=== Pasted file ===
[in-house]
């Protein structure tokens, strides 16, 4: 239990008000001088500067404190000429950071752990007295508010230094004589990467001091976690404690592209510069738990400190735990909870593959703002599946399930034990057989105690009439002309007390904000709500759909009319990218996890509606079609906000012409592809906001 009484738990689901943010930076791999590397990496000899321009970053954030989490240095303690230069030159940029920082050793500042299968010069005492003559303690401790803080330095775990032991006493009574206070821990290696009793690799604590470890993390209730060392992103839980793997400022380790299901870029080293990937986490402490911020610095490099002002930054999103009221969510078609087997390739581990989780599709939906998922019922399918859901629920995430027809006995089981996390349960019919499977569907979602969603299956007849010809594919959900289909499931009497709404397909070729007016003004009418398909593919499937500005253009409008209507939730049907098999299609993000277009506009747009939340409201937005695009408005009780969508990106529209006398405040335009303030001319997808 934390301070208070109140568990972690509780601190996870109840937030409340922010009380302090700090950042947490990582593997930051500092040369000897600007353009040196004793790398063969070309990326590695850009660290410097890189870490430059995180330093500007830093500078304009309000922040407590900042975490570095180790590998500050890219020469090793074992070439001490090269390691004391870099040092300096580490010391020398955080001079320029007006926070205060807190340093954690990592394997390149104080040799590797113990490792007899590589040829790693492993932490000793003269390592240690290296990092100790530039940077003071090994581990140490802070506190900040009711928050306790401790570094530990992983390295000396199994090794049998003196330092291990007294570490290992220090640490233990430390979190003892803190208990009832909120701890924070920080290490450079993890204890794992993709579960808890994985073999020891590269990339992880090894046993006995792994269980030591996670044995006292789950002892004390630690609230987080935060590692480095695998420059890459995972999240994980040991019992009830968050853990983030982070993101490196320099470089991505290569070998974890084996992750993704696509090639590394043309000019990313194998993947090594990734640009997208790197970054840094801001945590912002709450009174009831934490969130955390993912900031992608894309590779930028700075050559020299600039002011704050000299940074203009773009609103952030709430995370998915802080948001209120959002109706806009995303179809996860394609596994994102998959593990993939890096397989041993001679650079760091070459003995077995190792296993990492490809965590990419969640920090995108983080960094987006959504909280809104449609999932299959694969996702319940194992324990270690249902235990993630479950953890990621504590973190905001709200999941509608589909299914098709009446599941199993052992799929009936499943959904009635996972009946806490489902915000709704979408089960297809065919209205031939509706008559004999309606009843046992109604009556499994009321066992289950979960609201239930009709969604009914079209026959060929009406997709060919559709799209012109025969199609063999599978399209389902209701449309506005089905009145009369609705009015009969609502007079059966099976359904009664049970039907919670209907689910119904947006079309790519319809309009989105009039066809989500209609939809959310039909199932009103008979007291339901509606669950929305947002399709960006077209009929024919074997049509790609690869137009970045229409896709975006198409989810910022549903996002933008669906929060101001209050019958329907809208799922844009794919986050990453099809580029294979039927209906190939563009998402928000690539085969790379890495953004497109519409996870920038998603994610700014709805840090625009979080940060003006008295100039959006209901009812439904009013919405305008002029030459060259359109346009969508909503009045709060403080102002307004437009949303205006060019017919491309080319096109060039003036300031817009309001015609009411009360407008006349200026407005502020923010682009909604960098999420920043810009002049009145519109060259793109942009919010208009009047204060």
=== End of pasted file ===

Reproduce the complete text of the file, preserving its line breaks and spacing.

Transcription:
[in-house]
């Protein structure tokens, strides 16, 4: 239990008000001088500067404190000429950071752990007295508010230094004589990467001091976690404690592209510069738990400190735990909870593959703002599946399930034990057989105690009439002309007390904000709500759909009319990218996890509606079609906000012409592809906001 009484738990689901943010930076791999590397990496000899321009970053954030989490240095303690230069030159940029920082050793500042299968010069005492003559303690401790803080330095775990032991006493009574206070821990290696009793690799604590470890993390209730060392992103839980793997400022380790299901870029080293990937986490402490911020610095490099002002930054999103009221969510078609087997390739581990989780599709939906998922019922399918859901629920995430027809006995089981996390349960019919499977569907979602969603299956007849010809594919959900289909499931009497709404397909070729007016003004009418398909593919499937500005253009409008209507939730049907098999299609993000277009506009747009939340409201937005695009408005009780969508990106529209006398405040335009303030001319997808 934390301070208070109140568990972690509780601190996870109840937030409340922010009380302090700090950042947490990582593997930051500092040369000897600007353009040196004793790398063969070309990326590695850009660290410097890189870490430059995180330093500007830093500078304009309000922040407590900042975490570095180790590998500050890219020469090793074992070439001490090269390691004391870099040092300096580490010391020398955080001079320029007006926070205060807190340093954690990592394997390149104080040799590797113990490792007899590589040829790693492993932490000793003269390592240690290296990092100790530039940077003071090994581990140490802070506190900040009711928050306790401790570094530990992983390295000396199994090794049998003196330092291990007294570490290992220090640490233990430390979190003892803190208990009832909120701890924070920080290490450079993890204890794992993709579960808890994985073999020891590269990339992880090894046993006995792994269980030591996670044995006292789950002892004390630690609230987080935060590692480095695998420059890459995972999240994980040991019992009830968050853990983030982070993101490196320099470089991505290569070998974890084996992750993704696509090639590394043309000019990313194998993947090594990734640009997208790197970054840094801001945590912002709450009174009831934490969130955390993912900031992608894309590779930028700075050559020299600039002011704050000299940074203009773009609103952030709430995370998915802080948001209120959002109706806009995303179809996860394609596994994102998959593990993939890096397989041993001679650079760091070459003995077995190792296993990492490809965590990419969640920090995108983080960094987006959504909280809104449609999932299959694969996702319940194992324990270690249902235990993630479950953890990621504590973190905001709200999941509608589909299914098709009446599941199993052992799929009936499943959904009635996972009946806490489902915000709704979408089960297809065919209205031939509706008559004999309606009843046992109604009556499994009321066992289950979960609201239930009709969604009914079209026959060929009406997709060919559709799209012109025969199609063999599978399209389902209701449309506005089905009145009369609705009015009969609502007079059966099976359904009664049970039907919670209907689910119904947006079309790519319809309009989105009039066809989500209609939809959310039909199932009103008979007291339901509606669950929305947002399709960006077209009929024919074997049509790609690869137009970045229409896709975006198409989810910022549903996002933008669906929060101001209050019958329907809208799922844009794919986050990453099809580029294979039927209906190939563009998402928000690539085969790379890495953004497109519409996870920038998603994610700014709805840090625009979080940060003006008295100039959006209901009812439904009013919405305008002029030459060259359109346009969508909503009045709060403080102002307004437009949303205006060019017919491309080319096109060039003036300031817009309001015609009411009360407008006349200026407005502020923010682009909604960098999420920043810009002049009145519109060259793109942009919010208009009047204060």